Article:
§61-2-10b. Malicious assault; unlawful assault; battery and recidivism of battery; assault on police officers, conservation officers, probation officers, humane officers, emergency medical service personnel, firefighters, fire marshal, Division of Forestry employees and county or state correctional employees; penalties.
Probably the longest link I’ve entered to date and hopefully will ever create in the future is actually the title of a statute written in West Virginia. I learned about this story from a friend of mine who called and mentioned it in his daily news digest, then with a quick gander online, I found the story.
A man who was arrested for Driving while Intoxicated was also filed on for a misdemeaner where he faces jail time for allegedly passing gas in an officer’s direction. So he was flatulent, so he allegedly fanned it in the officer’s direction… even given those behaviors, does it justify putting him in jail?
Below is the portion of the statute that governs this charge:
(c) Battery. — Any person who unlawfully, knowingly and intentionally makes physical contact of an insulting or provoking nature with a police officer, probation officer, conservation officer, humane officer, emergency medical service personnel, firefighter, State Fire Marshal or employee, Division of Forestry employee, county correctional employee, state correctional employee, employee of a mass transportation system or Public Service Commission motor carrier inspector acting in his or her official capacity, or unlawfully and intentionally causes physical harm to a police officer, probation officer, conservation officer, humane officer, emergency medical service personnel, firefighter, State Fire Marshal or employee, Division of Forestry employee, county correctional employee, state correctional employee, employee of an urban mass transportation system or a Public Service Commission motor carrier inspector acting in such capacity, is guilty of a misdemeanor and, upon conviction thereof, shall be confined in jail for not less than one month nor more than twelve months, fined the sum of five hundred dollars, or both.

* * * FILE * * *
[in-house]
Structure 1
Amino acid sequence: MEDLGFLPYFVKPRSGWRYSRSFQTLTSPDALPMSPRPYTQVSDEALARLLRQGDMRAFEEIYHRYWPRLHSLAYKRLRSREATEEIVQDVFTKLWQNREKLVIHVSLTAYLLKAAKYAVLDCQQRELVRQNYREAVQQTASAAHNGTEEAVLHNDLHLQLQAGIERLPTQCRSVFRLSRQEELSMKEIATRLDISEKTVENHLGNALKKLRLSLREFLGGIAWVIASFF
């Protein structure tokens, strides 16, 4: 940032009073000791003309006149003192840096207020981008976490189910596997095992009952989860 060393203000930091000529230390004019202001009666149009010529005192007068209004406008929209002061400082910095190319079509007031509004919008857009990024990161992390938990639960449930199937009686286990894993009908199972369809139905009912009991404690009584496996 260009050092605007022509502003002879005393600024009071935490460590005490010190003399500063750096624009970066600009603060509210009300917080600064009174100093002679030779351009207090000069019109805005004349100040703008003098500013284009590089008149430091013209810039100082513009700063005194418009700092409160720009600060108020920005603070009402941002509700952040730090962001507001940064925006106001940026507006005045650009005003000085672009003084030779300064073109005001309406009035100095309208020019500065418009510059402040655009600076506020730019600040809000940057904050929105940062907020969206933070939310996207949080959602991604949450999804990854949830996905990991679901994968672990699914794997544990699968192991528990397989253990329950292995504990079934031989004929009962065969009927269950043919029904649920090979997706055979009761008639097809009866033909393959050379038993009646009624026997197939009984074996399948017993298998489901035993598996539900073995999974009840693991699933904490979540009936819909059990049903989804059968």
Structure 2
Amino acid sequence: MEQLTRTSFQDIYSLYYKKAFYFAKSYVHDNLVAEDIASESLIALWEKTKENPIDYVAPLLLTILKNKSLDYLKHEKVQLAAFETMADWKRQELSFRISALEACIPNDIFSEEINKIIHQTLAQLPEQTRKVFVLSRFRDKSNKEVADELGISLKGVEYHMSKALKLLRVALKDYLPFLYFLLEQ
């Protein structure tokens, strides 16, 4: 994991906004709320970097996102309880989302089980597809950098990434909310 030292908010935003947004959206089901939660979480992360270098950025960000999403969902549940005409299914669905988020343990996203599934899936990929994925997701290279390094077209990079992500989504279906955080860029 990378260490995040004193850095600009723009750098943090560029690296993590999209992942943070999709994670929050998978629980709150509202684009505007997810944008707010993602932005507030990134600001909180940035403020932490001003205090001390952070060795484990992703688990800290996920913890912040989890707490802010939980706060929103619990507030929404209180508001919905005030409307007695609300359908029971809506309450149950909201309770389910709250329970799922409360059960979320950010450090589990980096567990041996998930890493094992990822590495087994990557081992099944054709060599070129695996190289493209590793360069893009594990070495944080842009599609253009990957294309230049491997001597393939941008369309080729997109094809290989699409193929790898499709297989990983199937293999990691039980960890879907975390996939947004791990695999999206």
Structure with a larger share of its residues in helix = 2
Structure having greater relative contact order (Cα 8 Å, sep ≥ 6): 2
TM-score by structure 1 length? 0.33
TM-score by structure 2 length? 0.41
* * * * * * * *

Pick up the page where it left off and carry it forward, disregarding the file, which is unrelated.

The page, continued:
What’s the physical harm? Discomfort to the olfactory cells of the officer’s nose? As a former officer, myself, I have smelled odors that I’d rather forget, but I would never even attempt to file a charge like this against an individual. I believe when officers take actions like this, although they may have what they believe is "probable cause" to justify their action(s), they lose credibility. Reputation in law enforcement is critical, as it is in any field… but this is just a classic case of "piling on charges" or heeping up the amount of accusations that the accused must resolve… I know in some places, the strategy is to file more so the person "must" plead to something … as the risk becomes too great not to take a plea and have the other charges dismissed.
The best way to handle this, take note of the alleged action as "evidence of intoxication"… afterall, what sober and sane person would willingly fart and fan toward another adult?
Here’s to hoping this charge is dismissed promptly.